It will be three-and-a-half times taller than Godzilla.
Fifty feet shorter than the Empire State Building.
Two-and-a-half times the height of Egypt's Khufu Pyramid.
And by fall, KAJM's 1,200-foot radio broadcasting tower illuminated by powerful white strobe lights may become the beacon that identifies the town of Strawberry from the air.
The Scottsdale-based Rainbow Broadcasting Inc., which owns and operates the Payson radio station KAJM 104.3 (formerly KRIM), as well as the Valley's KAZL 101.1, expects to shell out between $750,000 and $1.2 million to "upgrade" its current 200-foot tower three miles north of Strawberry.
Construction of the tower, which will boost the broadcast power of both of Rainbow's stations, is expected to begin after the company secures final Federal Communications Commission approval, Rainbow Broadcasting General Manager Jim Seemiller said. "That will probably take between 60 to 90 days, and then construction would probably begin immediately thereafter," Seemiller said.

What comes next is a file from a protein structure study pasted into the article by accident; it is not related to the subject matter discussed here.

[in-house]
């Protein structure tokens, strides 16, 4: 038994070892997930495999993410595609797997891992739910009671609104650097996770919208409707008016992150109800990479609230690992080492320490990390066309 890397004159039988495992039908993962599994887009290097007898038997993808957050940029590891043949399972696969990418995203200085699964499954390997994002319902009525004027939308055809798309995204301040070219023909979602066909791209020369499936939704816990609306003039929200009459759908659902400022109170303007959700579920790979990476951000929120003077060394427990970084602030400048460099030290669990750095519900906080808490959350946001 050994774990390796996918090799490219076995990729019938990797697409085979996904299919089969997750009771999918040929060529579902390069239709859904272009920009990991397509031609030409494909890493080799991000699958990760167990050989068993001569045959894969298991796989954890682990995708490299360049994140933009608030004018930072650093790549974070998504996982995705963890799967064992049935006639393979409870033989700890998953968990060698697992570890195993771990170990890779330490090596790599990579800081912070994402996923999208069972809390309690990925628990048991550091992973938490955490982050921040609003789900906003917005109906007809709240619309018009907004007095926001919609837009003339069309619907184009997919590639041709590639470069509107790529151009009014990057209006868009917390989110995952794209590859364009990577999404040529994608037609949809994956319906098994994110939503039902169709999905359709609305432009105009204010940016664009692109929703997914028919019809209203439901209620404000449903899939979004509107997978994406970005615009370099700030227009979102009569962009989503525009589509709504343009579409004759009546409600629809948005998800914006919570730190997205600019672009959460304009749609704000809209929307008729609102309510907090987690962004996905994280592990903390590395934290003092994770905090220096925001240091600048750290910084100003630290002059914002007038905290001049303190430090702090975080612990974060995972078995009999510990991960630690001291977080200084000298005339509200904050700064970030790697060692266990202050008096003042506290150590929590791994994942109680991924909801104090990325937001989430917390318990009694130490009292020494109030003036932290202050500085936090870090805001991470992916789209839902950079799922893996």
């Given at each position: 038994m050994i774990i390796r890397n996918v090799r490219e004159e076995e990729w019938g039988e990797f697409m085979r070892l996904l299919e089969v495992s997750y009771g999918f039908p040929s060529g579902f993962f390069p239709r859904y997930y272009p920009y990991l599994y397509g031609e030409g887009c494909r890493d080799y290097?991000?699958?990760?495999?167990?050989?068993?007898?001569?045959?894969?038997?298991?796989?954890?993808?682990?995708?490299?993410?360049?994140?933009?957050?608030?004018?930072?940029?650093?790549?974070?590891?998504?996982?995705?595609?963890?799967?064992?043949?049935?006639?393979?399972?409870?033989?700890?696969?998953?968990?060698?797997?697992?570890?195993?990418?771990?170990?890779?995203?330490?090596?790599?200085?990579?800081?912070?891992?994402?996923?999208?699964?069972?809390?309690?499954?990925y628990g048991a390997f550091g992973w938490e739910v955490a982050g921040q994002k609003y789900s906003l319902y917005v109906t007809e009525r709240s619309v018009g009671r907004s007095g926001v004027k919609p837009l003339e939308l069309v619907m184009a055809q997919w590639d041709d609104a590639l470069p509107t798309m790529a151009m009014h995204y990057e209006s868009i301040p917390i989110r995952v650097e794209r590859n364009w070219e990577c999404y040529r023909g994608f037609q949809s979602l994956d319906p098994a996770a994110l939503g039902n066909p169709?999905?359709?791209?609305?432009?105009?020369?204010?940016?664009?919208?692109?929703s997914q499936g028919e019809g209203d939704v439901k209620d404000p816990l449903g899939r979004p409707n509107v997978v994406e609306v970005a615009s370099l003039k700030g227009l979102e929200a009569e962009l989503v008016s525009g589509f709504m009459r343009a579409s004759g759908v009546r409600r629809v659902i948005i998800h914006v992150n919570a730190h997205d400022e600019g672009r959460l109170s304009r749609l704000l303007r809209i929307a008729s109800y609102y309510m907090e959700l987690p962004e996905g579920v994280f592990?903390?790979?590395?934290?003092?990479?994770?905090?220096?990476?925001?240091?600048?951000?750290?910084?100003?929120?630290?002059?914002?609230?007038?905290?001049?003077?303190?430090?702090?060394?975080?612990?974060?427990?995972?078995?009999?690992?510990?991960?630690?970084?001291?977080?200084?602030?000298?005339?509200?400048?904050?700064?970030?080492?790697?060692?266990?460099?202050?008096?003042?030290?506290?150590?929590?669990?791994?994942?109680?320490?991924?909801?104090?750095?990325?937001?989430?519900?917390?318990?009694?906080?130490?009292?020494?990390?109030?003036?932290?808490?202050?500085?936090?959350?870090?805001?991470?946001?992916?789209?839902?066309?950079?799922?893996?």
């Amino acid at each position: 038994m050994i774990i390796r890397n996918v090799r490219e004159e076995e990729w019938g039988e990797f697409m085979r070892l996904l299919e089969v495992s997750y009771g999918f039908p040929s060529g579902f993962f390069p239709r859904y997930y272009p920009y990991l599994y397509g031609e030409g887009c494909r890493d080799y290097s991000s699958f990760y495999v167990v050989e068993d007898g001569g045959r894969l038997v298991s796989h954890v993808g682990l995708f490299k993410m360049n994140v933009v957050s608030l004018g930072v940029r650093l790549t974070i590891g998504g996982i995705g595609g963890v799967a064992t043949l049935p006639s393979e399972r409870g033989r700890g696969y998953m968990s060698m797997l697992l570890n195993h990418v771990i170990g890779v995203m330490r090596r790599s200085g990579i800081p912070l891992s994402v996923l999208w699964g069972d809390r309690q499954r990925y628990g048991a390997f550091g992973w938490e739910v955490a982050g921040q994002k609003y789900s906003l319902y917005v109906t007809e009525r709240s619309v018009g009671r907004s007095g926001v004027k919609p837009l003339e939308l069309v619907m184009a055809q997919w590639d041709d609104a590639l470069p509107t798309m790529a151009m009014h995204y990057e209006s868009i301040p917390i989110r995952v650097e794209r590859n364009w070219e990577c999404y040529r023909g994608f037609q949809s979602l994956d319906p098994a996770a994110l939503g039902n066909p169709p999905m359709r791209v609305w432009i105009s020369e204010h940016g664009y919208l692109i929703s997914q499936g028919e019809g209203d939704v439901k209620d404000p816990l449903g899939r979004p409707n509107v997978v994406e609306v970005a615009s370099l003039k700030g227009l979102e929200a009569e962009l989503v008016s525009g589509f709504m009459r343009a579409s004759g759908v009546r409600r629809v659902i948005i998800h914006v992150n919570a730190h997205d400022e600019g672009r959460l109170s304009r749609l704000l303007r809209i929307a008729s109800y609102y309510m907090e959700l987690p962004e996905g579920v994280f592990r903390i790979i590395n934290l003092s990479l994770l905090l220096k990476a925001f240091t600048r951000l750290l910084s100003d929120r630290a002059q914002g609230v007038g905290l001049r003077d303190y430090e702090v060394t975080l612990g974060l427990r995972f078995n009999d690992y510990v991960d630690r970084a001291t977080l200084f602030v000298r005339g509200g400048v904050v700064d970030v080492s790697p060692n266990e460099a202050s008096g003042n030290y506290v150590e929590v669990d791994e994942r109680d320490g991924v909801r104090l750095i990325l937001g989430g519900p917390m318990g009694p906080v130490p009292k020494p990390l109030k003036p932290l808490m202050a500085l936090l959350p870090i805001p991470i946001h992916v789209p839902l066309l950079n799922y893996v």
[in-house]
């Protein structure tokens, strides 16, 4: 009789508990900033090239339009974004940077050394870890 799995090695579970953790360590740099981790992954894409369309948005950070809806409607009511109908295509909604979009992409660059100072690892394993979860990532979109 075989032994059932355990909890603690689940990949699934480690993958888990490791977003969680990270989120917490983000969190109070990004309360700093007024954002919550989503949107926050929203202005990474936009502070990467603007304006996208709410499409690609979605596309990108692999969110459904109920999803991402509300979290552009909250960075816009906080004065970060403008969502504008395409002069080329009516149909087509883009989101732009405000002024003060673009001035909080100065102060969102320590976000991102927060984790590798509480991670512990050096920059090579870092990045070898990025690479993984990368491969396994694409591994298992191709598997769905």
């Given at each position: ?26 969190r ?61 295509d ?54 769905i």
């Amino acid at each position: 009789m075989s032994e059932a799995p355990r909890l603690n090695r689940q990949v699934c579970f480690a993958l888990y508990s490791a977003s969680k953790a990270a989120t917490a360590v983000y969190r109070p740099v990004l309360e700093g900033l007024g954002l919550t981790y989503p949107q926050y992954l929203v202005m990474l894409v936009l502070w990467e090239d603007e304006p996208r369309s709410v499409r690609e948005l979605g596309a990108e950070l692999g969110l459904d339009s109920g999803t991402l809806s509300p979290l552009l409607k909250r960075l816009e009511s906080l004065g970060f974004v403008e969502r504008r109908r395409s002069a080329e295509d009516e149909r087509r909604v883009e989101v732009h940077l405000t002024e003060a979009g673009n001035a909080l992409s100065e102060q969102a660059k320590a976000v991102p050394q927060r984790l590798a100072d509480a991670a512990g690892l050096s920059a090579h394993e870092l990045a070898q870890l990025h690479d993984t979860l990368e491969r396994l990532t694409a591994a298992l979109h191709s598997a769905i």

"We anticipate completion in the fall, barring unforeseen problems, of course."
Michael Day, chief engineer for Rainbow Broadcasting, said that the tower will not increase KAJM's broadcast range, which is estimated at a 35-mile radius of Payson, but "It will increase the signal density so people within that range can hear (the station) more clearly. Payson will be able to advertise and promote itself to the Valley, to Flagstaff, to places where, right now, our signal is decent but fuzzy."
Seemiller said he expects the tower to increase advertising revenue and listenership for Rainbow Broadcasting, but, he said, the company's investment involves other factors as well.
"From an FAA safety standpoint, the new tower, because of the lighting, will be 1,000 times safer than what exists today: a 200-foot tower that cannot be seen at all.
"Also, I think Payson is becoming a regional center," Seemiller said. "But what do you have?
Three radio stations and one newspaper. We are really gung-ho on Payson as an important part of the growth of Arizona. The more coverage we have, the more we can be a spokesperson for Payson and its environment. We'll be able to reach a lot of people who can come up and make the economy of Payson a lot better."